It Is Not a Crime to Migrate or Seek Refugee – It is a Human Right!

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Campamento de migrantes en Lesbos, Grecia.
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The migratory and refugee journeys that end in mass graves in the Mediterranean or in abandonment or injury in the deserts of North Africa; along the US-Mexican border; in the Rohingya camps of Bangladesh or in the longstanding camps in several countries in Africa and Middle East have their passing moment of attention in the mainstream media. But there is another parallel journey seldom chronicled in the media – this is the journey of seeking a human life in the face of forced displacement from community and territory – either because of global restructuring of labour, corporate extractivism, destruction of environment and source of livelihood, or climate change and continuing wars. This is the journey to follow the dream – for another life – of dignity free of degradation and persecution.


It is this parallel journey that has been lived through in the process of the 45th Session of Permanent Peoples Tribunal (PPT). It is the migrant and refugee peoples who have survived the journeys of death – who have chronicled their protagonisms for human rights through this process. This PPT 45th Session, on the Violations with Impunity of the Human Rights of Migrant and Refugee Peoples, co-convened in 2017 by a network of migrant, refugee, social movement, human rights and solidarity organisations – became a collective journey that started in Barcelona in 2017, travelled for three years through Palermo, Paris, Barcelona, London, Brussels and Berlin in a series of Public Hearings.


On December 16th, the PPT Berlin Judgement on the Berlin Hearing (framed on the human right to health) was presented in a Public Hearing (on line) together with the Call for a Global Pact of Solidarity for the Rights of Migrant and Refugee Peoples presented by the network of co-convening organisations for the 45th Session of the PPT.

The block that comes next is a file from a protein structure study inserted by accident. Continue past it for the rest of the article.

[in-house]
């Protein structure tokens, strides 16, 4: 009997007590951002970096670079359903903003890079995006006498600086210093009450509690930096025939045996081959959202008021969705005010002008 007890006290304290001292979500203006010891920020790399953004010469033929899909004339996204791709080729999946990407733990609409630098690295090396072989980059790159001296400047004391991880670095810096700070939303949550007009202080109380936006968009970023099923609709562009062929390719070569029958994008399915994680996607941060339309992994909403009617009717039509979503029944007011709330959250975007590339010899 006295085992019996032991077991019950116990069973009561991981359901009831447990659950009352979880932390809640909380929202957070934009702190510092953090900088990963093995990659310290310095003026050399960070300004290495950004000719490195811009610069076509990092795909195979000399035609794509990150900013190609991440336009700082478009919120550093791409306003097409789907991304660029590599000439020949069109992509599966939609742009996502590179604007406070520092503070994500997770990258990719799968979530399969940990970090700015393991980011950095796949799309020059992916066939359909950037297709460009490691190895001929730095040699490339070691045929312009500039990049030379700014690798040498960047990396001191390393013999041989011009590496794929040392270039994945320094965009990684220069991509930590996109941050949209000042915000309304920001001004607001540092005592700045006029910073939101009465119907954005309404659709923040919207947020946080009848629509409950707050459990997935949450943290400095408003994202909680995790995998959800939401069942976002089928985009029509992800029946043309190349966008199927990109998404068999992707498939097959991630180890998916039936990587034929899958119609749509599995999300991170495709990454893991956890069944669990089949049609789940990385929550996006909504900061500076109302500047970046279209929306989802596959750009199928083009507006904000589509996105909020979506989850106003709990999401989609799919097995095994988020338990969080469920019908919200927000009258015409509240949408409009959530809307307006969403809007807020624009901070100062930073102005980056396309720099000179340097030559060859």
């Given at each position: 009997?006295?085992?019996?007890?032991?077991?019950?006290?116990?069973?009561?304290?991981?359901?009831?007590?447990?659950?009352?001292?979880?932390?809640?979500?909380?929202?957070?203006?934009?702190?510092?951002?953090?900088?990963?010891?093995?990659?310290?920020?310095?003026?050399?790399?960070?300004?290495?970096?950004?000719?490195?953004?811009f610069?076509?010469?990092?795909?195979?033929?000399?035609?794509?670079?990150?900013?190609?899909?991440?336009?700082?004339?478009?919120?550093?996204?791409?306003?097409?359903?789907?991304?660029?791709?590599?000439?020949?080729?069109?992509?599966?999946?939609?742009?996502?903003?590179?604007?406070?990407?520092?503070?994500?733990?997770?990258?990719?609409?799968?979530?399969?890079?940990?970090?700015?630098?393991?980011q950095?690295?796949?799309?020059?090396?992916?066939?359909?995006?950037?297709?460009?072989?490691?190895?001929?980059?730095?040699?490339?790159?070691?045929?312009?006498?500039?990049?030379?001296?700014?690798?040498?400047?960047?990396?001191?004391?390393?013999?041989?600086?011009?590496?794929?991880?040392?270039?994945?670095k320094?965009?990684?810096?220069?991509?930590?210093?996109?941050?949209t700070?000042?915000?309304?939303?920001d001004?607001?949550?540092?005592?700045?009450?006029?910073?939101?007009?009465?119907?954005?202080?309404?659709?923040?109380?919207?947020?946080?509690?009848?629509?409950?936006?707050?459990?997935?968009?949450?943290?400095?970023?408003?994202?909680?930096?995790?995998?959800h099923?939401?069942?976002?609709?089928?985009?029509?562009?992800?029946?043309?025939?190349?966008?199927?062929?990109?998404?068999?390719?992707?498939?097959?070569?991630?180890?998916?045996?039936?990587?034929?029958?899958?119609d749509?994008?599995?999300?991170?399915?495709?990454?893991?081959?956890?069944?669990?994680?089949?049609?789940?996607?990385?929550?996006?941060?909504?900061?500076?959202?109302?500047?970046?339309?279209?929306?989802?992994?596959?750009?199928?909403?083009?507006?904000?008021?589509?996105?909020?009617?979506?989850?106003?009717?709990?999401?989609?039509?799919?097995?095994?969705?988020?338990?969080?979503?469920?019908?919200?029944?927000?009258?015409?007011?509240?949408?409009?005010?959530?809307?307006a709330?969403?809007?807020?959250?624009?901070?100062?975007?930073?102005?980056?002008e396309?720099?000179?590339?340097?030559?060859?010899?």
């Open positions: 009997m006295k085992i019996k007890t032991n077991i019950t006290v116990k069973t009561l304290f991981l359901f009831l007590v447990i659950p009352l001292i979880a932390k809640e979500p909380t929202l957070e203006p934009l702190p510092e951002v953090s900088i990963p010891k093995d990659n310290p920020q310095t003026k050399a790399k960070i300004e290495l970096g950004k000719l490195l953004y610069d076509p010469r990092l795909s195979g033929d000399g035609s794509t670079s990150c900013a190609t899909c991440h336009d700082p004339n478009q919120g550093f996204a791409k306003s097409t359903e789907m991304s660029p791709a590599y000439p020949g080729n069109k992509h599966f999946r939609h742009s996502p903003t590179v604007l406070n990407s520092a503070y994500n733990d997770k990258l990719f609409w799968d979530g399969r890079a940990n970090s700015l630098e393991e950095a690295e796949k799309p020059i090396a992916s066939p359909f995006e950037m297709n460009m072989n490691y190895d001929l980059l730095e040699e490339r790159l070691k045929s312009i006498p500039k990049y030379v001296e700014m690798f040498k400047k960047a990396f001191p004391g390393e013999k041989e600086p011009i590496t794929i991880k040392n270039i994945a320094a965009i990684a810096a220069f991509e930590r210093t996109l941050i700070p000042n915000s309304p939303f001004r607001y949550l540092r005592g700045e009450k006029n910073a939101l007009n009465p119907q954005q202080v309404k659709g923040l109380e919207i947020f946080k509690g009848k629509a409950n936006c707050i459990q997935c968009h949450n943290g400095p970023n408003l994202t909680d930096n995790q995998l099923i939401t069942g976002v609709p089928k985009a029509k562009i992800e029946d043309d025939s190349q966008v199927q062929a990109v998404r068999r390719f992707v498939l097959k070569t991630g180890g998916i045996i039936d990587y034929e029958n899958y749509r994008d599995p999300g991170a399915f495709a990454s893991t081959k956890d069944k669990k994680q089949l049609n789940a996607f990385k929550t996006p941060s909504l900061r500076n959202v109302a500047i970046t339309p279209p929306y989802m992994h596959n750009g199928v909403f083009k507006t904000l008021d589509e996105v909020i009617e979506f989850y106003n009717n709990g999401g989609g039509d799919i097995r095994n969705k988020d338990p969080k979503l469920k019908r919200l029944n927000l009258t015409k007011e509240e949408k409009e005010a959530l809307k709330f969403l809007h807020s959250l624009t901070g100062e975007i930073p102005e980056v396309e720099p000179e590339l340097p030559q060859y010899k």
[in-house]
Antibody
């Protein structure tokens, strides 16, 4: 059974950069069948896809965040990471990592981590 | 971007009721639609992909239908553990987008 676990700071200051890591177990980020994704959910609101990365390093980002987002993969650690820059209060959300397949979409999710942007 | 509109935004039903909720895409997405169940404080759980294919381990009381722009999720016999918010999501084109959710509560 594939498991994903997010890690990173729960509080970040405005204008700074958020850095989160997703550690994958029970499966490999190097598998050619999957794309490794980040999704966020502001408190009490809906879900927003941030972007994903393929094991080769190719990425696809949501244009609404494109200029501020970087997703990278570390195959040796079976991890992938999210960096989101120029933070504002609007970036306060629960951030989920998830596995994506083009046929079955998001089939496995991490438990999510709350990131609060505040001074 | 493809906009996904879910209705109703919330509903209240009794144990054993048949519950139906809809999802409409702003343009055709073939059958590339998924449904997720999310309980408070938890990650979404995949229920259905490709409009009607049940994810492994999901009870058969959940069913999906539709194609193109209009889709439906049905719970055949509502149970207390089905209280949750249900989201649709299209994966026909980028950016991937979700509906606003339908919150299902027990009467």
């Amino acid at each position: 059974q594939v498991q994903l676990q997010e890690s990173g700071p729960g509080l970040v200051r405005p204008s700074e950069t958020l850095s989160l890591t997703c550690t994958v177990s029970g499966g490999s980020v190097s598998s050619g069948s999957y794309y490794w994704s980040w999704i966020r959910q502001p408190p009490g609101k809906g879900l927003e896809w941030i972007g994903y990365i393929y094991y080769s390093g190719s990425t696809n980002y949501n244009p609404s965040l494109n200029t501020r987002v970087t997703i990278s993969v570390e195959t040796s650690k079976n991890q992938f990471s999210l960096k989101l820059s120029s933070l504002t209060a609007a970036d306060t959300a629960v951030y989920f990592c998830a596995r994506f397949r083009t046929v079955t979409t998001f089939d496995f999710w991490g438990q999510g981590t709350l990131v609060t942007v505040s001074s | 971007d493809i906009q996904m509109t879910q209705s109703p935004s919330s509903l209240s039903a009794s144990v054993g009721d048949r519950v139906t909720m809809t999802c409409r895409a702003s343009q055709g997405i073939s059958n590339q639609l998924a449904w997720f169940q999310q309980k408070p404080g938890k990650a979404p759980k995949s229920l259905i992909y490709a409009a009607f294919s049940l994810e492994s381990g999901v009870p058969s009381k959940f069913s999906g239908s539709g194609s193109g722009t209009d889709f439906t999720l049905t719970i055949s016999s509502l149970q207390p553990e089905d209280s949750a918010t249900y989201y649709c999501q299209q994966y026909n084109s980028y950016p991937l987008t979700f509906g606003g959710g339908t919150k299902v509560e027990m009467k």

Based on accumulated evidences, the PPT Berlin Judgement (see link has underlined what was already initially identified in Palermo as “systemic crime” being perpetrated on the external and internal borders of the EU. These crimes with impunity, including the criminalisation of solidarity are seen as a result of the necropolitics which has come to dominate European migrant and refugee policy and practice in the past years and is named a “continuing genocide” by the PPT.


In September 2020, the European Commission issued its EU Pact on Migration and Asylum. This has been widely criticized as missing a strategic opportunity to abandon its necropolitics towards Migrant and Refugee Peoples and failing its responsibility to open a new era that would be framed on a human rights basis.


Therefore, the Call for the Global Pact of Solidarity is presented as an invitation to engage and become part of the challenge of building together a new regime that affirms that we are all migrants and refugees and that human rights belong to each and all of us.


Launched with 500 plus signatures (organisations and individuals), the Global Pact of Solidarity is open for Sign-On - from all global regions. The link to the texts - EN, ES, FR, IT - and to the Sign-On: Link for Sign-on 


December 22. 2020


- Brid Brennan, Economic Justice Programme, Transnational Institute (TNI).


For Further information:

Paloma Chen <>
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